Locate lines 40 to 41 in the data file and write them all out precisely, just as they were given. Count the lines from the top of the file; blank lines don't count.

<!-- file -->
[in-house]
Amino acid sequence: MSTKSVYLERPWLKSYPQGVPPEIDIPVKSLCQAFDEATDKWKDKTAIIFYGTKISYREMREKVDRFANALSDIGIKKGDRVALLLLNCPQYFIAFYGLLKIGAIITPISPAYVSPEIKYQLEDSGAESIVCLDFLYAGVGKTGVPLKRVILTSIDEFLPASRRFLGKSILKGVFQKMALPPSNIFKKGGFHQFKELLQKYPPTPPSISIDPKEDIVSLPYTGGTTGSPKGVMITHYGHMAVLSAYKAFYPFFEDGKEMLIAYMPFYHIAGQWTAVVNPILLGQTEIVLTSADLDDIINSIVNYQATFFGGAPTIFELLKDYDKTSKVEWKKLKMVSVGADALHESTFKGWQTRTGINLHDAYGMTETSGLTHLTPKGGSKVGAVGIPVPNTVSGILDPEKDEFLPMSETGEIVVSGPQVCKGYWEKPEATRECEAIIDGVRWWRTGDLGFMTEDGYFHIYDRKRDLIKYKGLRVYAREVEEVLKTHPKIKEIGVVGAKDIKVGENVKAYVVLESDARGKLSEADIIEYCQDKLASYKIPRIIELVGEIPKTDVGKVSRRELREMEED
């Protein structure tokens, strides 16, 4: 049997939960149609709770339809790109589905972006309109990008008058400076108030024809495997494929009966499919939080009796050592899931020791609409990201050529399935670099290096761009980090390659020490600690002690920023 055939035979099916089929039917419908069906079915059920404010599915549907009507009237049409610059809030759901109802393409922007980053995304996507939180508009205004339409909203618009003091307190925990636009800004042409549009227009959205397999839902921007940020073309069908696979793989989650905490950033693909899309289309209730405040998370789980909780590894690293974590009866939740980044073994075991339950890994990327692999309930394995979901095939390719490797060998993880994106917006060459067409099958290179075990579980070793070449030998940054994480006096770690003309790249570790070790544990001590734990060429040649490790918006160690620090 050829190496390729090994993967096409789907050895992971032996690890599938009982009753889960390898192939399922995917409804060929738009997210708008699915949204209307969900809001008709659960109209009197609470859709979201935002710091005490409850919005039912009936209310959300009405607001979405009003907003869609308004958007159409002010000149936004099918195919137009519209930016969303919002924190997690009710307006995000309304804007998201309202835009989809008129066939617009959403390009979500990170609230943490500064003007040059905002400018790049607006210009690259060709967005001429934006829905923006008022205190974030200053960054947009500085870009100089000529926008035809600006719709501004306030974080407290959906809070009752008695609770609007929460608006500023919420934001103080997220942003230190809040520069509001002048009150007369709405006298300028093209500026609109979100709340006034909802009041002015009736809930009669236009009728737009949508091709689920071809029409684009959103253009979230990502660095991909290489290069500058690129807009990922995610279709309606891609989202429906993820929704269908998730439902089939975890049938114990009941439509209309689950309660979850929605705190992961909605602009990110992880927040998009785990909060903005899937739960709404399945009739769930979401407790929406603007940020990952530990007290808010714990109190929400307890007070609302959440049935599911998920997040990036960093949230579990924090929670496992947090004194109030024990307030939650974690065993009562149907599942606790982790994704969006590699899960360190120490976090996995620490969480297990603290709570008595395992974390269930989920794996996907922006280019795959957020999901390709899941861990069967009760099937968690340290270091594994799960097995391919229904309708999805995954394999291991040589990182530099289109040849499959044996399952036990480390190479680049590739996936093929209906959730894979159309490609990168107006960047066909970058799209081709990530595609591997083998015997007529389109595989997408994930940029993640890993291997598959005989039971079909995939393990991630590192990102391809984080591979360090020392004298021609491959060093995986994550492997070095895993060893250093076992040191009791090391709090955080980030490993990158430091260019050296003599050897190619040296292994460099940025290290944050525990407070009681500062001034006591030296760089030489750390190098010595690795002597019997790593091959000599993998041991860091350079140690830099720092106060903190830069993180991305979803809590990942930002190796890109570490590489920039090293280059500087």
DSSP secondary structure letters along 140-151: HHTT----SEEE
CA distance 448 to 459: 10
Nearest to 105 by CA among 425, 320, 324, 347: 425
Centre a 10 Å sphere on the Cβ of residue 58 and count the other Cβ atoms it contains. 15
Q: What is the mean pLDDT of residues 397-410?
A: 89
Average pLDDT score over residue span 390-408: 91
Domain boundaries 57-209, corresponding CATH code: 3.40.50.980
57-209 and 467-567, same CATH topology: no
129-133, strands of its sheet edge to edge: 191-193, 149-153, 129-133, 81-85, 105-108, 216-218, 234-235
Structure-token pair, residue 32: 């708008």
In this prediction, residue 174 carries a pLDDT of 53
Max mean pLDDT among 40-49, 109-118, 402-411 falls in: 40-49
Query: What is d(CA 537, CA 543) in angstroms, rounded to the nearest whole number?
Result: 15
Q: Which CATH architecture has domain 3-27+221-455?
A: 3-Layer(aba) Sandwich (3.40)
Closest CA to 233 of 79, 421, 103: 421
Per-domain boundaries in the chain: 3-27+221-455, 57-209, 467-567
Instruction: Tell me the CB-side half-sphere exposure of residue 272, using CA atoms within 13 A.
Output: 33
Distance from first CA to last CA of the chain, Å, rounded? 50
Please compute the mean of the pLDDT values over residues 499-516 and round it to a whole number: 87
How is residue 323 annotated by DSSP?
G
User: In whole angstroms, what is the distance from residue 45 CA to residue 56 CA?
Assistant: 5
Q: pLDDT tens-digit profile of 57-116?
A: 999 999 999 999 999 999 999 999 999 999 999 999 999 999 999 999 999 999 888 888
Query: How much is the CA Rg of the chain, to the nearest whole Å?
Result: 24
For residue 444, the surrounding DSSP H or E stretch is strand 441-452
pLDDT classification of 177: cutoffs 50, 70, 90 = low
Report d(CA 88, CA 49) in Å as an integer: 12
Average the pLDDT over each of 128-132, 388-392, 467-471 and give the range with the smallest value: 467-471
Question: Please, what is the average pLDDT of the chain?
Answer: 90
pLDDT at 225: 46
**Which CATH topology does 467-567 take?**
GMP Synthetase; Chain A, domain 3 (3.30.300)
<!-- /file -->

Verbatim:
Answer: 90
pLDDT at 225: 46